A cruise liner and COVID? Again, surely not?

The Informer: A cruise liner and COVID? Again, surely not?

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Coronavirus
Passengers and crew from the MS Roald Amundsen, docked in Norway have contracted COVID-19.

Passengers and crew from the MS Roald Amundsen, docked in Norway have contracted COVID-19.

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In a situation as time critical as a pandemic, that Pollyanna-ish belief that everyone is working to the one goal is almost a given.

That is ... until it isn't. More often than not in these unprecedented times it's a drop-the-ball moment that has disastrous knock-on effects. Probably no need to remind anyone but ... hello, Ruby Princess.

Today it emerged that it took more than a week for the Cedar Meats abattoir to give Victorian health authorities a full list of workers potentially exposed to COVID-19.

The first case was identified on April 24, and another two days later before more followed and eventually topped out at 111 cases in late May.

But it wasn't until May 4 that comprehensive contact tracing of all staff and visitors was shared with authorities.

Similarly, federal authorities weren't properly notified about a coronavirus infection at St Basil's Homes for the Aged in the Melbourne suburb of Fawkner, AAP reports.

In the same Senate inquiry, federal health officials said they didn't become aware of the infection, which caused the outbreak tied to 20 deaths and 139 infections, until the state government notified them on July 14 - five days after the staff member reported contracting the disease to management.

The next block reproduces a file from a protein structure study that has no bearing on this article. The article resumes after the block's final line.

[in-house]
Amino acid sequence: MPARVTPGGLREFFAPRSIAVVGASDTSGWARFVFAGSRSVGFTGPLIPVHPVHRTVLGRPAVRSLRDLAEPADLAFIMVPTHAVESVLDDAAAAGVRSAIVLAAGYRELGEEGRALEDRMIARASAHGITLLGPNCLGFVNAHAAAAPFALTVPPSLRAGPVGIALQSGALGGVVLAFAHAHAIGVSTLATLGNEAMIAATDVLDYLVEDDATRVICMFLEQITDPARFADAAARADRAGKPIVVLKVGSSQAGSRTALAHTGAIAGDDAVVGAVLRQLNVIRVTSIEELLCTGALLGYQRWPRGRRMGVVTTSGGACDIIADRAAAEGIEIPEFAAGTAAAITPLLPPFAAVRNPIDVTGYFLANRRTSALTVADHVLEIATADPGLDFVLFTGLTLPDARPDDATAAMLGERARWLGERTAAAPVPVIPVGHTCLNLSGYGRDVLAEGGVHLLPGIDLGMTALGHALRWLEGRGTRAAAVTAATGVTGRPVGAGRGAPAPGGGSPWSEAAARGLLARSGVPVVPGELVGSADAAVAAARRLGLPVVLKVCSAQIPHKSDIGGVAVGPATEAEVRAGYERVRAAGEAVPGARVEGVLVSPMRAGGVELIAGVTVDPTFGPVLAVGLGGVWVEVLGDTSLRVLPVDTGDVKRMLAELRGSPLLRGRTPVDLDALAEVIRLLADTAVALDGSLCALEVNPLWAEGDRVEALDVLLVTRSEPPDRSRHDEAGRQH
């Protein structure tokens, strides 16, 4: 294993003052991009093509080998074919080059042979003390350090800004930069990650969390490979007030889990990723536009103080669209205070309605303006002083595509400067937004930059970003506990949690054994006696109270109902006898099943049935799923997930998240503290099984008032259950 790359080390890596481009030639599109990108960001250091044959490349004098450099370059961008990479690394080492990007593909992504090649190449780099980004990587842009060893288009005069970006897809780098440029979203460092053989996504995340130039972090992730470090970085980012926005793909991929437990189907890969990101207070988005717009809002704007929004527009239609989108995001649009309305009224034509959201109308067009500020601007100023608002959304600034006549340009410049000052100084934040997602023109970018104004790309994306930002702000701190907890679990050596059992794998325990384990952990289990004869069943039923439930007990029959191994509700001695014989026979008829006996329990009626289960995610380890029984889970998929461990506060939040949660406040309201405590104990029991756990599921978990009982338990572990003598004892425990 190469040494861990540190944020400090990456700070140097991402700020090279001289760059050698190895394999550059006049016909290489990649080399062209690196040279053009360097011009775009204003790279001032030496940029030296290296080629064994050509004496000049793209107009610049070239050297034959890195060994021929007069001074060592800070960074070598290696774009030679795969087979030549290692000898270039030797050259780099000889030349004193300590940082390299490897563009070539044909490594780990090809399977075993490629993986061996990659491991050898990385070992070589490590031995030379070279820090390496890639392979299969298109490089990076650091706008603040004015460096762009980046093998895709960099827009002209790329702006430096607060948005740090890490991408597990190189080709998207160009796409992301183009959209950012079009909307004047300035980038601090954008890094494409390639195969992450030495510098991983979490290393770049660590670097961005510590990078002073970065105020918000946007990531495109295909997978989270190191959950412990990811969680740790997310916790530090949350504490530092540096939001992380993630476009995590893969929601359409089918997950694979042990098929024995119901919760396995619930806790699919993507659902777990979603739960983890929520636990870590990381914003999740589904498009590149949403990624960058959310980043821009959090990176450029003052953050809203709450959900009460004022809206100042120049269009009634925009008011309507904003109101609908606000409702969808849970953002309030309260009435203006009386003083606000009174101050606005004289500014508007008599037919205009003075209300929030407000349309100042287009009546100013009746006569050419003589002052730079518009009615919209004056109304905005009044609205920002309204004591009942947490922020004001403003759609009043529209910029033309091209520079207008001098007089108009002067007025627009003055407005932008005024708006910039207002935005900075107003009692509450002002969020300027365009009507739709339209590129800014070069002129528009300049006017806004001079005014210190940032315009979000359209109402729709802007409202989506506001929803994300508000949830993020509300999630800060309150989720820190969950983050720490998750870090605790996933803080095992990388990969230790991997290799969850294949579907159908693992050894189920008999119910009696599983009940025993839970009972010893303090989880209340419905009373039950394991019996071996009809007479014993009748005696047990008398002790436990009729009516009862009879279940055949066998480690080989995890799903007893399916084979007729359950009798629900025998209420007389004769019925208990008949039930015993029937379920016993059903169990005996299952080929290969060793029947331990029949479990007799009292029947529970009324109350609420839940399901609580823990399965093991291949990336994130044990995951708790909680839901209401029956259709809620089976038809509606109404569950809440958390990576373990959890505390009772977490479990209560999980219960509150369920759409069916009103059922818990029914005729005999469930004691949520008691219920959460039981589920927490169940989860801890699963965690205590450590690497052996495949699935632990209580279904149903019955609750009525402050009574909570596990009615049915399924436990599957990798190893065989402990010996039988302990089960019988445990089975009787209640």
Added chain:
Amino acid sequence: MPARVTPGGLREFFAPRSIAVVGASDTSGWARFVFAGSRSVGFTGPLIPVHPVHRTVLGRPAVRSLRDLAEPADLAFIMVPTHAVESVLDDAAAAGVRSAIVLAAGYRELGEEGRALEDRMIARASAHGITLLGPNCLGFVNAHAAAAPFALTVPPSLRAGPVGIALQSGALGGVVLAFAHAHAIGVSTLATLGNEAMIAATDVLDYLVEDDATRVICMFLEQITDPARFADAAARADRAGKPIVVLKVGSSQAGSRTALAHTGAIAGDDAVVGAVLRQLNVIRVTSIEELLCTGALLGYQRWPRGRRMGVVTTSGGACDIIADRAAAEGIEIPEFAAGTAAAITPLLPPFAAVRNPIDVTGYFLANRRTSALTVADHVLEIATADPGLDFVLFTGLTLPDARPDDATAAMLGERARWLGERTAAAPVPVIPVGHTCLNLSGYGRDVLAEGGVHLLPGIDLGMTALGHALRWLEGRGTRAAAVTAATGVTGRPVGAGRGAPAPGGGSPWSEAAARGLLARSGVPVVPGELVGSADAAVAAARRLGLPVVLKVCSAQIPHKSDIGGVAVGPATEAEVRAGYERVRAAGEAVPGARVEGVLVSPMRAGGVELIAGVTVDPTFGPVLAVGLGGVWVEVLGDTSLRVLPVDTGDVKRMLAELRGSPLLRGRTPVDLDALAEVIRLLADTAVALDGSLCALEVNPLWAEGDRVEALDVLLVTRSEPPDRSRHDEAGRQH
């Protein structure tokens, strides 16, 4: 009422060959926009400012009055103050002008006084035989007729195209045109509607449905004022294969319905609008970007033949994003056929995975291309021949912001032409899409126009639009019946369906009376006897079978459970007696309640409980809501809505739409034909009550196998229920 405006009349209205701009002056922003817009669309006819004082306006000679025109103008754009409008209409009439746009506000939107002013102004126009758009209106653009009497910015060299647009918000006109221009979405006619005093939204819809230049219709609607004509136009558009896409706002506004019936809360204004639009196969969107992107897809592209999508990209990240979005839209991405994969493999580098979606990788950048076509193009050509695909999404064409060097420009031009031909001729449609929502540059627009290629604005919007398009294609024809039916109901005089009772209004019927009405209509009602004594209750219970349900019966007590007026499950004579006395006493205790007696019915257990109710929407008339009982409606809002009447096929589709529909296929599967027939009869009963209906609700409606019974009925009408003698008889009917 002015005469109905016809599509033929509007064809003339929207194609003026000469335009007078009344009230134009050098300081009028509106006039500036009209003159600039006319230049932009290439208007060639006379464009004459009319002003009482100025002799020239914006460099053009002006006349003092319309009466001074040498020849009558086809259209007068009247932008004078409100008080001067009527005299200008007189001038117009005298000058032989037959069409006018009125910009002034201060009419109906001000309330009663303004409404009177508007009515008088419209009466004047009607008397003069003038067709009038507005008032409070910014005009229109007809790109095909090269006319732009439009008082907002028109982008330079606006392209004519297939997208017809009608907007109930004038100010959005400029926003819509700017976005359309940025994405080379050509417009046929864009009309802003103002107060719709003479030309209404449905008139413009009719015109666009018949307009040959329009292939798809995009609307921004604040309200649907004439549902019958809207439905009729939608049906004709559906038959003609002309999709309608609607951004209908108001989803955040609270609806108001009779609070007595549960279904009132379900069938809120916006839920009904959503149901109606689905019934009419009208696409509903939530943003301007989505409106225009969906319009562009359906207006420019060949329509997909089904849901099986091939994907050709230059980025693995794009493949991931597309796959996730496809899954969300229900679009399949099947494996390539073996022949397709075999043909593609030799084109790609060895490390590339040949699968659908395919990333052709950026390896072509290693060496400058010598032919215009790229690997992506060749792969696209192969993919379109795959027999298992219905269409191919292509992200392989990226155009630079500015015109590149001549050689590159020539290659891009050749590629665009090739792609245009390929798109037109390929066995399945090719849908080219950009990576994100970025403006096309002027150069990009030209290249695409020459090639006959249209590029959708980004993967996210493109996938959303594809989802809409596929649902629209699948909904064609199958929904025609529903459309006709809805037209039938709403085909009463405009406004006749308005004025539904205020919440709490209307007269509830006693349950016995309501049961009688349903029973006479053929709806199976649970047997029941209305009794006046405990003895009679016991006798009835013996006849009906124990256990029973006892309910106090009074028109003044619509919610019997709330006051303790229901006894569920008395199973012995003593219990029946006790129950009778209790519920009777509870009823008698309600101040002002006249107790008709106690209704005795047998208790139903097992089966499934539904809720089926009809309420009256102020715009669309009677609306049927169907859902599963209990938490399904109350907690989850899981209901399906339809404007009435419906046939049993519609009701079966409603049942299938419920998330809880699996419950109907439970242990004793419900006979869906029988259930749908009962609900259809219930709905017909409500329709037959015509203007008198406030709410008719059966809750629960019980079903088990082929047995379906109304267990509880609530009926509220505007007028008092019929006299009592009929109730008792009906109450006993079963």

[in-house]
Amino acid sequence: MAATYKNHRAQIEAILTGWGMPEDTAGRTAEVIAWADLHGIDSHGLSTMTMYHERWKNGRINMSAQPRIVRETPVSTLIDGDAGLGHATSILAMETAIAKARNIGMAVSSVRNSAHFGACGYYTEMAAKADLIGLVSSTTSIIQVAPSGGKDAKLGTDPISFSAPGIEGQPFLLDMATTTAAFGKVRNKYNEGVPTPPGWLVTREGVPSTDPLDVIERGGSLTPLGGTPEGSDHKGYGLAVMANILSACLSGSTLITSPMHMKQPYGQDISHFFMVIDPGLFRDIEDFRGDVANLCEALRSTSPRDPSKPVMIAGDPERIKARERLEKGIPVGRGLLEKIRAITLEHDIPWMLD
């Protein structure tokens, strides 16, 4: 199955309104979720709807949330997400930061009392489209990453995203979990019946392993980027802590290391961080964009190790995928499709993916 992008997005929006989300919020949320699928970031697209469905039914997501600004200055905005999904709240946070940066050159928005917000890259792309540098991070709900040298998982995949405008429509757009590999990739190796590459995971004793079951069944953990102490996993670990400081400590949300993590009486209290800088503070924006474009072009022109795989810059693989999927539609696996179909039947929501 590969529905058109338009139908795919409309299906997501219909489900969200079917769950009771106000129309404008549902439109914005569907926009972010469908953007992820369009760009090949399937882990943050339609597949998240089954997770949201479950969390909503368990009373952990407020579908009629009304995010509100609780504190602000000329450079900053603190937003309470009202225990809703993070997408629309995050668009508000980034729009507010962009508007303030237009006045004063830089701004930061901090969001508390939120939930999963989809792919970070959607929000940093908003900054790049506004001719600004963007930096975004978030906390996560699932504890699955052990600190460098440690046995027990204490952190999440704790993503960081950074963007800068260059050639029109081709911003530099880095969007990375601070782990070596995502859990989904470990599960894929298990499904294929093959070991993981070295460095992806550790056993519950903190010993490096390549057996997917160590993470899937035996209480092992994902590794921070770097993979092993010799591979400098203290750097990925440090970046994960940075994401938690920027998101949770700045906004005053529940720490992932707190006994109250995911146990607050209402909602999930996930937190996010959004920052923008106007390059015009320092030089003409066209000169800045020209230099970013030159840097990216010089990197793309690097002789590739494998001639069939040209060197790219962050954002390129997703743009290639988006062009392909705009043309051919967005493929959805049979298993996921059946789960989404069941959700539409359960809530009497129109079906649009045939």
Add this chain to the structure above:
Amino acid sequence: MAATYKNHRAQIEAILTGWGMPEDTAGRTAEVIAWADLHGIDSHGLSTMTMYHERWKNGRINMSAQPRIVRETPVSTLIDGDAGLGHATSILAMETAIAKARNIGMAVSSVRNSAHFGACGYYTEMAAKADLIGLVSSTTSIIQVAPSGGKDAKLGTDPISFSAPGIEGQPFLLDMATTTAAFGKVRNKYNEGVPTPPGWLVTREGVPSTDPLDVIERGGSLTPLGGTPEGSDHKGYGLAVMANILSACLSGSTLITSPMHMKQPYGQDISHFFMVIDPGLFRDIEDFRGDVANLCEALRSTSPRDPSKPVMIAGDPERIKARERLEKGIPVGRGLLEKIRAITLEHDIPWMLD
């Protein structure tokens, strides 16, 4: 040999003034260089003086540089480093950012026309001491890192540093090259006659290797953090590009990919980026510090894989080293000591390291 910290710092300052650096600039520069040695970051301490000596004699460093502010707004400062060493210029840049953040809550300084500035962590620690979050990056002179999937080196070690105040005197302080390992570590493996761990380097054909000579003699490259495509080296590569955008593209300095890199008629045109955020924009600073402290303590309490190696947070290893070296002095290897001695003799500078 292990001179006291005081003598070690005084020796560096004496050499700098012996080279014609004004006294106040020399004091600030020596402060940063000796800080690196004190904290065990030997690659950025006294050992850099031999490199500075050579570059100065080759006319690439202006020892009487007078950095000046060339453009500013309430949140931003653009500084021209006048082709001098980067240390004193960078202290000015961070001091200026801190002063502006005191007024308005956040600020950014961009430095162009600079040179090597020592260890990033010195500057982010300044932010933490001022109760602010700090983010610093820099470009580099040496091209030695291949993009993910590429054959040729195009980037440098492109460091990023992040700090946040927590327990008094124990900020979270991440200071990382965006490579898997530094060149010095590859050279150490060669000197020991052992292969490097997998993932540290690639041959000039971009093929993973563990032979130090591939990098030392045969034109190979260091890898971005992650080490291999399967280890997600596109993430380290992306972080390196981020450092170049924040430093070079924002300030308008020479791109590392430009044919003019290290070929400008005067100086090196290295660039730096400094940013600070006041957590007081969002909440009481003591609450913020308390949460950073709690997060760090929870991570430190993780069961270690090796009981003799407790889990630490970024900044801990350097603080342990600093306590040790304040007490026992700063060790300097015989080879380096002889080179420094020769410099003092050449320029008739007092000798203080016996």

Victoria recorded 439 new cases on Tuesday. Sadly, 11 people have died overnight, all residents of aged care facilities. To date, 147 people have died from coronavirus across the state.

And Premier Daniel Andrews announced new stinging hip-pocket measures to make people think twice about whether they can get away with COVID misbehavior plus hundreds more boots on the road to monitor the compliance.

NSW Health said there were 12 new cases of COVID-19 diagnosed in the 24 hours to 8pm Monday, bringing the total number of cases in the state to 3,620.

Meanwhile, they're taking no chances in WA where dozens of Australian Defence Force reservists have been provided to help manage security at the hotels where returned overseas travellers are quarantined.

Premier Mark McGowan says the evidence suggests WA's hotel quarantine system is working well: "We have a very comprehensive arrangement in our hotels to make sure that we don't have any glitches or problems emerge from hotel quarantine."

Speaking of problems, probably best not to mention the dozens of passengers and crew from a luxury Norwegian cruise liner who have tested positive for COVID-19, eh? Oh dear, back to the beginning we go.

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The story A cruise liner and COVID? Again, surely not? first appeared on The Canberra Times.

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